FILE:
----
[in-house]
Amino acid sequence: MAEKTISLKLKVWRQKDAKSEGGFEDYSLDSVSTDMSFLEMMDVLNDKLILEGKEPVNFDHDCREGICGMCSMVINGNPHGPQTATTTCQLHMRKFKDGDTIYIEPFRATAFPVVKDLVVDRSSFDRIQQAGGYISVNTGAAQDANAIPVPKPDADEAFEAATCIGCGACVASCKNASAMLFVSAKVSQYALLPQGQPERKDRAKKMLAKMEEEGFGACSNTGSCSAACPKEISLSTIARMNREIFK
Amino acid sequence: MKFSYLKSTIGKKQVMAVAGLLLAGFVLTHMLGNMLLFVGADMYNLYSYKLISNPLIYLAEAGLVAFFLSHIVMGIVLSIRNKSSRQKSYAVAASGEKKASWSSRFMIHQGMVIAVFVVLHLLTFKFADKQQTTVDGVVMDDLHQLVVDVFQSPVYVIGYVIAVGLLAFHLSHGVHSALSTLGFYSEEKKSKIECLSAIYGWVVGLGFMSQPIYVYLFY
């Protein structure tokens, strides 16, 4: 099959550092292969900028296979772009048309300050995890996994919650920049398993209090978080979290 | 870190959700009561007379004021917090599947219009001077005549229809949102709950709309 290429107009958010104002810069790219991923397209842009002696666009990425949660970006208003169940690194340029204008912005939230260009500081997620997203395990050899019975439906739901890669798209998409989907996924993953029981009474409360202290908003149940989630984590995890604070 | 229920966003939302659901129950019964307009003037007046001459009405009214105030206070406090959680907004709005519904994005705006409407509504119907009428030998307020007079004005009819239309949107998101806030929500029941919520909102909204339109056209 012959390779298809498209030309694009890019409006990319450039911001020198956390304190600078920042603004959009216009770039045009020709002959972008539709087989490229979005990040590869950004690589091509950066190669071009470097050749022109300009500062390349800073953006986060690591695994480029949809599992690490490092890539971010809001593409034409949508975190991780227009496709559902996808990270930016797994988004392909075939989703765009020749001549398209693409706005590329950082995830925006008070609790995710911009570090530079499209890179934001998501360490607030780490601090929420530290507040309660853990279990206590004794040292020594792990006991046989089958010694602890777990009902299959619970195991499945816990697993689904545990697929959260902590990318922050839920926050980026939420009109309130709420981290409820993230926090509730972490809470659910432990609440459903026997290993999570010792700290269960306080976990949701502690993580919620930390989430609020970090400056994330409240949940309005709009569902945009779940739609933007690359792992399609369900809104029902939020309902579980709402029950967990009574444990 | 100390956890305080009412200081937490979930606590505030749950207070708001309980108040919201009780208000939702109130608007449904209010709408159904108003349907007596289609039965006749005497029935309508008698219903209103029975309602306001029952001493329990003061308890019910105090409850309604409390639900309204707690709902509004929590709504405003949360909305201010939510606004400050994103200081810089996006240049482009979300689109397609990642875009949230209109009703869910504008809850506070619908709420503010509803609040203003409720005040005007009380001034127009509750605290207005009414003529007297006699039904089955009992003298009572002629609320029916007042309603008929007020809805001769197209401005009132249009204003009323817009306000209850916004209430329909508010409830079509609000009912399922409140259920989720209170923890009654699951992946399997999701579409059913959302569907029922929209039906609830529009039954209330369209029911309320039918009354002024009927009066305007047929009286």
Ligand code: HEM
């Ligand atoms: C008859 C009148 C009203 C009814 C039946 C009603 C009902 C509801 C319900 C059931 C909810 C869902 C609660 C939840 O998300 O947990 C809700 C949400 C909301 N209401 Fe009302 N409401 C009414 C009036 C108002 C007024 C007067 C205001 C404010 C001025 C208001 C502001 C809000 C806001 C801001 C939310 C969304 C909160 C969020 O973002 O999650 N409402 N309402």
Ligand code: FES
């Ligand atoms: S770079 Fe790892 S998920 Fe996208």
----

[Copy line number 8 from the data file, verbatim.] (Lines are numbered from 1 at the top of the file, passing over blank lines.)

């Ligand atoms: S770079 Fe790892 S998920 Fe996208």